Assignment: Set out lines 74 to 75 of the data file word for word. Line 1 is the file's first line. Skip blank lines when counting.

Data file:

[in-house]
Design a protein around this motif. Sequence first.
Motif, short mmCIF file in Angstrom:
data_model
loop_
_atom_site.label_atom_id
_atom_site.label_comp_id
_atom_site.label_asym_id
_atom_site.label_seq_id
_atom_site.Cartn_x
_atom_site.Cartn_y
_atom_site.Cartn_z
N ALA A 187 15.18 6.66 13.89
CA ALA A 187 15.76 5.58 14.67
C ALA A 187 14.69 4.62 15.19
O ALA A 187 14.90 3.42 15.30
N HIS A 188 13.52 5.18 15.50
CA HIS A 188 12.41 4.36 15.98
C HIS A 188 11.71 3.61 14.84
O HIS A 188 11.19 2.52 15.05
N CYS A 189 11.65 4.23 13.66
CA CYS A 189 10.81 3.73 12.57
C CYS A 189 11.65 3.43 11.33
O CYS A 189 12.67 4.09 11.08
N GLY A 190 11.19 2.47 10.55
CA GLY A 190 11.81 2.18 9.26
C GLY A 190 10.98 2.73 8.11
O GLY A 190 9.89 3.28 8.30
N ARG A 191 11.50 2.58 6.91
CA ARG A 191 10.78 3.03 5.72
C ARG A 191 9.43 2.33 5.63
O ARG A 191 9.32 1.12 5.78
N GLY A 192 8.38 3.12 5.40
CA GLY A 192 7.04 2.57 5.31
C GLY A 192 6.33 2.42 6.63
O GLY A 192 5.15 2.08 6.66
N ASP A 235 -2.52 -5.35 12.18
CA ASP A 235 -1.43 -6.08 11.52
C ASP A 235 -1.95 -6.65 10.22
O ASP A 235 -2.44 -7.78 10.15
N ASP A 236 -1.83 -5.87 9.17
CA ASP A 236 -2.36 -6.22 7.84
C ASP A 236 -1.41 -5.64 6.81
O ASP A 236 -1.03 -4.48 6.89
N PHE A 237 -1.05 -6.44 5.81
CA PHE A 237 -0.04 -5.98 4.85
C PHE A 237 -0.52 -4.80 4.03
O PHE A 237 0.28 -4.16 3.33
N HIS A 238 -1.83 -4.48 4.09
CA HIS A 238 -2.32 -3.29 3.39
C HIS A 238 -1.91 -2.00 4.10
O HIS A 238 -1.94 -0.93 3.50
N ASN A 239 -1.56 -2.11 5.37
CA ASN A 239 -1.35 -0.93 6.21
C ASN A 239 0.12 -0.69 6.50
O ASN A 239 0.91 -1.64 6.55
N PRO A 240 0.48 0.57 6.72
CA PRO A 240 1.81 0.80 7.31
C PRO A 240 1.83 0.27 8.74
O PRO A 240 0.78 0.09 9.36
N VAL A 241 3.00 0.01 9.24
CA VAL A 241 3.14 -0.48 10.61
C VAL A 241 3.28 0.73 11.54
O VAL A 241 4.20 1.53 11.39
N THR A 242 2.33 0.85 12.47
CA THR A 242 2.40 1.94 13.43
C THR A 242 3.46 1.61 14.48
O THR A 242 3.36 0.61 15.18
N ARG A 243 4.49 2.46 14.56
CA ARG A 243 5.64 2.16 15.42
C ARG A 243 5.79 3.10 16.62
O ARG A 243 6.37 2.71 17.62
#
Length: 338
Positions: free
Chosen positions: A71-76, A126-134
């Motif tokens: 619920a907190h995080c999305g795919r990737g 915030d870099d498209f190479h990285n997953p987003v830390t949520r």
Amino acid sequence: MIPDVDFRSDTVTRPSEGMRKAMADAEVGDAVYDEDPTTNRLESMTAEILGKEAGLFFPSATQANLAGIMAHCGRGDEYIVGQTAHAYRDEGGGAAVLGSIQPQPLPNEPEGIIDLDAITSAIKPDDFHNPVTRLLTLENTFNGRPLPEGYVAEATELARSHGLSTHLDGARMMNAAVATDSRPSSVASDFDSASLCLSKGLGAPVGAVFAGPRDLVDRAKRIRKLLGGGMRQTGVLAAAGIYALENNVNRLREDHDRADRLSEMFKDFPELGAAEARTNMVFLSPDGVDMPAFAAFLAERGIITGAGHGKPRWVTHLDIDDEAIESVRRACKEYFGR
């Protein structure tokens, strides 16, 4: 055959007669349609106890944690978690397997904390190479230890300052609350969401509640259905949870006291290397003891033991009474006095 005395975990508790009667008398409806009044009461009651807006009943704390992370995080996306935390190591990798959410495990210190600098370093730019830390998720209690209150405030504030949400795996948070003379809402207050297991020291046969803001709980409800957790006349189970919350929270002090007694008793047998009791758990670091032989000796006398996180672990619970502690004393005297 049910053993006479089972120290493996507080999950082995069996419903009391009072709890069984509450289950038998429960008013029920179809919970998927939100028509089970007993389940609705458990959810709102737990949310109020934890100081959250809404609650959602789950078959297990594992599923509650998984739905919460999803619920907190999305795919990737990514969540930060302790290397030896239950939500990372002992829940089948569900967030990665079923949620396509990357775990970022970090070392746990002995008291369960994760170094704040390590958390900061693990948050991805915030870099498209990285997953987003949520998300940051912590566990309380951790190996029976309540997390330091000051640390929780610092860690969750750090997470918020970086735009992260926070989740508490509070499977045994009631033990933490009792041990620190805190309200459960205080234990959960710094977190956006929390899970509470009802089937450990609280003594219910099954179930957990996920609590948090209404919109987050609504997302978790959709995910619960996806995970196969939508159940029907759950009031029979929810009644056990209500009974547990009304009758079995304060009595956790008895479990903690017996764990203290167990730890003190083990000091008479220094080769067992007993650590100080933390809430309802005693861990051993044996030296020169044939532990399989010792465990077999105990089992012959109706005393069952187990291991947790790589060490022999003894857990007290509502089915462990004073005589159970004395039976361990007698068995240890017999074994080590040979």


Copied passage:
Length: 338
Positions: free